One of the most frequently asked questions I receive, is, “Should I drink Gatorade for my diarrhea?” My short answer is: No. Unless that’s all you have on hand. Read the following excerpt from Chapter 17 of my book, “The Diarrhea Dietitian: Expert Advice, Practical Solutions, and Strategic Nutrition”.
My patients with chronic diarrhea often complain of fatigue and exhaustion. In my experience, this is often due to dehydration, or inadequate water and electrolytes in the body.
Mechanism of Diarrhea and Dehydration
When you have diarrhea, your body loses extra water, plus the important electrolytes:
Those with inflammatory diarrhea (e.g. Crohn’s disease, ulcerative colitis) or secretory diarrhea (e.g. carcinoid syndrome, Clostridium difficile) may have extreme losses of fluid and electrolytes, leading to a dangerous form of dehydration that can be life threatening.
Sodium is plentiful in the foods that we eat—and combined with chloride—in the form of salt. Salt is added to processed, canned, frozen, and fast foods to extend shelf life and improve taste. While uncommon, those with chronic diarrhea can be at risk for hyponatremia, or low blood levels of sodium, due to extra losses from the stool.
Symptoms of low blood sodium include:
- loss of energy
- muscle weakness or cramps
- nausea and vomiting
Potassium is important for muscle and nerve cells. Low potassium in the blood, called hypokalemia, can be life-threatening. Severe hypokalemia often requires hospitalization and intravenous (IV) replacement.
High amounts of diarrhea may cause blood levels of potassium to drop too low. Symptoms of hypokalemia include:
- heartbeat irregularities
- muscle spasms or weakness
If you ever have any of the symptoms for low sodium or potassium, please contact your medical provider immediately.
If you have chronic diarrhea, ensuring the diet includes adequate amounts of sodium and potassium is fairly simple. As previously mentioned, sodium is easy to find in food. Salty crackers and soups are favorite sodium replacements for many of my patients. Replacing potassium is a little trickier. Foods that contain high amounts of potassium include spinach, potatoes, tomatoes, citrus fruits, melons, bananas, dairy products, dried peas and beans, nuts, and chocolate. However, many of these foods are not tolerated by those with intestinal problems, so electrolyte beverages and replacements may be a better alternative.
Many people with chronic diarrhea treat their dehydration with sports drinks such as Gatorade®. Sports drinks are formulated to replace electrolytes lost in sweat during exercise. The quantities of sodium and potassium are not high enough to replace those lost by chronic diarrhea. Nevertheless, sports drinks may work for those with mild diarrhea, or if you are unable to access a better alternative.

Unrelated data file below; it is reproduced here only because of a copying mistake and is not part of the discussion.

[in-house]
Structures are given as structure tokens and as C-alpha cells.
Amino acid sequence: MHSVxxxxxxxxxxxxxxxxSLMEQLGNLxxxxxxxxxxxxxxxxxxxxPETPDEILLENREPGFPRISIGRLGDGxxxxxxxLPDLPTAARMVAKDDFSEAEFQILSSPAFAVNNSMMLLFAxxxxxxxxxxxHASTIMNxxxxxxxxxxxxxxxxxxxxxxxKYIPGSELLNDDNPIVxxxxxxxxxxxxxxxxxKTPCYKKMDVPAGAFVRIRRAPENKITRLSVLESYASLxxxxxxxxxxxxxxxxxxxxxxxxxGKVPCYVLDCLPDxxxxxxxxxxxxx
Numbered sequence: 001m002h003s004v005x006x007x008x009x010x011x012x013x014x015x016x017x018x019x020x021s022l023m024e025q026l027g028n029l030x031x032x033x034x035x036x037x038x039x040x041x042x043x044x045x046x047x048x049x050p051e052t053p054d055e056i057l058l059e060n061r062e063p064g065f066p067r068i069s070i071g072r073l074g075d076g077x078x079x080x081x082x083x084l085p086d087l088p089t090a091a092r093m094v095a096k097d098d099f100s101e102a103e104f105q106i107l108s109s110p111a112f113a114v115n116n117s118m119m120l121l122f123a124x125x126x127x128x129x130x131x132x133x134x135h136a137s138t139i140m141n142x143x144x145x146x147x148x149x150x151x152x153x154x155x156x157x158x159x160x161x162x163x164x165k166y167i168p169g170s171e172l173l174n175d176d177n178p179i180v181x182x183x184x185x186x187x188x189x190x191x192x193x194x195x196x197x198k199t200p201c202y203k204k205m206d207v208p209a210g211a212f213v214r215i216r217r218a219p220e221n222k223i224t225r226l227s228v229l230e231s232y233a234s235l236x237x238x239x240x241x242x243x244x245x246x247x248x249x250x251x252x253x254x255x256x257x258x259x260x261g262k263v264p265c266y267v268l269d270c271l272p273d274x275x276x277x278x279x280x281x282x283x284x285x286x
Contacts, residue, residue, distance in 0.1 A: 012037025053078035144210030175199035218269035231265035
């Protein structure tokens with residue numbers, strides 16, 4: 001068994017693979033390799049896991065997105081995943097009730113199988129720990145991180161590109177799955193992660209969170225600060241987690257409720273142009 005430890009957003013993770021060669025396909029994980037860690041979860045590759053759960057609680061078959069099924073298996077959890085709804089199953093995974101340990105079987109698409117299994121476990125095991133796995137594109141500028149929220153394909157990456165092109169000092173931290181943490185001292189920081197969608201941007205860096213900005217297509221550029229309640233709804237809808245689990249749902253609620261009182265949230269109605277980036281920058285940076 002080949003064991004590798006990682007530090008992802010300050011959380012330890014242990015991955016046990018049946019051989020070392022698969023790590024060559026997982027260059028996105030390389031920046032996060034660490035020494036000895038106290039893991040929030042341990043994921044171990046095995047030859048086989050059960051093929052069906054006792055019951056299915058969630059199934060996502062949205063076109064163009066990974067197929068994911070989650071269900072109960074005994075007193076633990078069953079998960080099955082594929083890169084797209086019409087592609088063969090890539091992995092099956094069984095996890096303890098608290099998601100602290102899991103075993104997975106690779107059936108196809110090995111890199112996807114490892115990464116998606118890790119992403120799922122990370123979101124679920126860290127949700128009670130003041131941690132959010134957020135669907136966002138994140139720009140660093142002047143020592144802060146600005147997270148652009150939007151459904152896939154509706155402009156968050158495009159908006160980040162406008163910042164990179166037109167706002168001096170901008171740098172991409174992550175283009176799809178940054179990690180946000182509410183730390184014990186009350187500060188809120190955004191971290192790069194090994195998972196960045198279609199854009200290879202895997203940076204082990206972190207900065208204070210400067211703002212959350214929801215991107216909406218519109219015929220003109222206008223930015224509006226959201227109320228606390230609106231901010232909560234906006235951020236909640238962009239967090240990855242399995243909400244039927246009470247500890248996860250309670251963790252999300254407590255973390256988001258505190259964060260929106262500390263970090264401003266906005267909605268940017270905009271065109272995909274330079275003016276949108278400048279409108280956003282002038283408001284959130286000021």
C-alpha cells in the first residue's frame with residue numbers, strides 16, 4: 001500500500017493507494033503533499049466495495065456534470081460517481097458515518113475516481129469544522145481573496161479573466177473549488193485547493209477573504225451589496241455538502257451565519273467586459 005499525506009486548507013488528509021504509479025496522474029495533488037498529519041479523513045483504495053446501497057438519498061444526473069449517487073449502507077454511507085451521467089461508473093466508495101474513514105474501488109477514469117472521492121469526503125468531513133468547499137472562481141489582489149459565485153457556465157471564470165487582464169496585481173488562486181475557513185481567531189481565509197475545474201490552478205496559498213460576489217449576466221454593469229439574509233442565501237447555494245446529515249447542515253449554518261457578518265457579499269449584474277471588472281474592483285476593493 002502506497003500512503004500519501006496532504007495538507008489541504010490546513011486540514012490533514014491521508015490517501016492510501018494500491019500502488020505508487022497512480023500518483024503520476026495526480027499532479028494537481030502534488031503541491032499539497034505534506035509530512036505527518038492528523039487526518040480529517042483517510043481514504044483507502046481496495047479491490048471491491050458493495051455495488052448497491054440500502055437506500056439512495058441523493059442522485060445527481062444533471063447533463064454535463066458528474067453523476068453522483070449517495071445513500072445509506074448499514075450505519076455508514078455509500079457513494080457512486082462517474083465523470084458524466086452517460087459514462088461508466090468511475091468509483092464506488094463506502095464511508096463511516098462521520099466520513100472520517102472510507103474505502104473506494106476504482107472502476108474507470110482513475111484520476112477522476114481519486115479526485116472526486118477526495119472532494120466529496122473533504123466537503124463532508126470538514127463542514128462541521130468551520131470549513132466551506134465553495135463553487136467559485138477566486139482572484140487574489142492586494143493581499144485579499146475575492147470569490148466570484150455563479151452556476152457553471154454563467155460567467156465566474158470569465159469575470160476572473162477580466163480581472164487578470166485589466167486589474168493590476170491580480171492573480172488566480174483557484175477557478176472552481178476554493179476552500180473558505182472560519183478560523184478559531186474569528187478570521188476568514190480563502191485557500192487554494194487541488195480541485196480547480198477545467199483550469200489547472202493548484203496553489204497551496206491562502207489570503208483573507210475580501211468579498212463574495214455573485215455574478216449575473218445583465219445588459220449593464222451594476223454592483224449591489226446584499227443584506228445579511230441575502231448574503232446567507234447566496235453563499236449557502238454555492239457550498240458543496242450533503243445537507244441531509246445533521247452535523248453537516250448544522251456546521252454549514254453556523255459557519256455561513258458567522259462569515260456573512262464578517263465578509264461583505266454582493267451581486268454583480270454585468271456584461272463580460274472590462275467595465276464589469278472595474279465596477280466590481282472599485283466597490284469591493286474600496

Oral Rehydration Solutions (ORS)
Oral rehydration solutions (ORS) are beverages formulated especially for diarrhea. The World Health Organization (WHO) has studied and used oral rehydration solutions extensively in Third World countries for many years to treat severe diarrhea such as colera. In developing countries, untreated diarrhea in children, elderly, and the immune-compromised can be life-threatening.
WHO developed a formula for oral rehydration salts that is relatively inexpensive to produce and distribute. This oral powder comes in individual packets that dissolve in one liter of clean drinking water.
You can make your own ORS at home with the following recipe:
Homemade Oral Rehydration Solution
- 2 level Tablespoons (TBSP) of sugar
- ½ level teaspoon (tsp) of salt (sodium chloride)
- ½ level teaspoon (tsp) of salt substitute (potassium chloride)
- ½ level teaspoon (tsp) of baking soda, dissolved into
- 4¼ cups (1 liter) of clean water
- You can also add sugar-free Crystal Light (I prefer lemonade flavor) or other sugar-free powdered beverage mix to improve taste.
Comparing Different Oral Rehydration Solutions
One of the difficulties in assessing ORS is identifying the quantities of sodium and potassium in a given volume. Sports drinks commonly list sodium and potassium in milligrams, whereas medical solutions list milliequivalents (mEq) per liter of solution. A conversion is required to convert mEq to milligrams.
The goal is to keep rehydration solutions as close as possible to a normal plasma osmolality of 285-295 milli-osmoles per kilogram, in order to maximize absorption and prevent osmotic diarrhea. Do not worry about the exact number. It is more important to realize the higher the osmolality, the greater the chance of osmotic diarrhea.
Oral Rehydration Solutions (ORS)
WHO ORS packets
(depends on salt substitute used)
Clif Shot® electrolyte drink
NUUN Active Hydration Tablets
(per ½ tablet, dissolved in 8 oz water)
(per ½ tablet, dissolved in
8 oz water)
Unknown, but per the NUUN website, this product is hypotonic, or <285
*Normal plasma osmolality is 285-295 milli-osmoles per kilogram
Treating Dehydration with ORS
Something you may notice about both oral rehydration solutions and most sports drinks is that they both contain some form of sugar, usually in the form of glucose. When glucose is present, sodium and potassium absorption is increased. Therefore, rehydration beverages containing all three components—sodium, potassium and glucose—are recommended.
When I recommend electrolyte replacement, it depends on the frequency and severity of the diarrhea. If one of my clients with chronic diarrhea complains about ongoing fatigue and severe diarrhea (15-25 trips to the bathroom each day), I recommend aggressive replacement of fluid and electrolytes with an ORS.
People with three or four stools per day may be able to use sports drinks or electrolyte-enhanced water, supplementing with ORS as needed.
Keywords: dehydration, electrolytes for diarrhea, oral rehydration solutions, ORS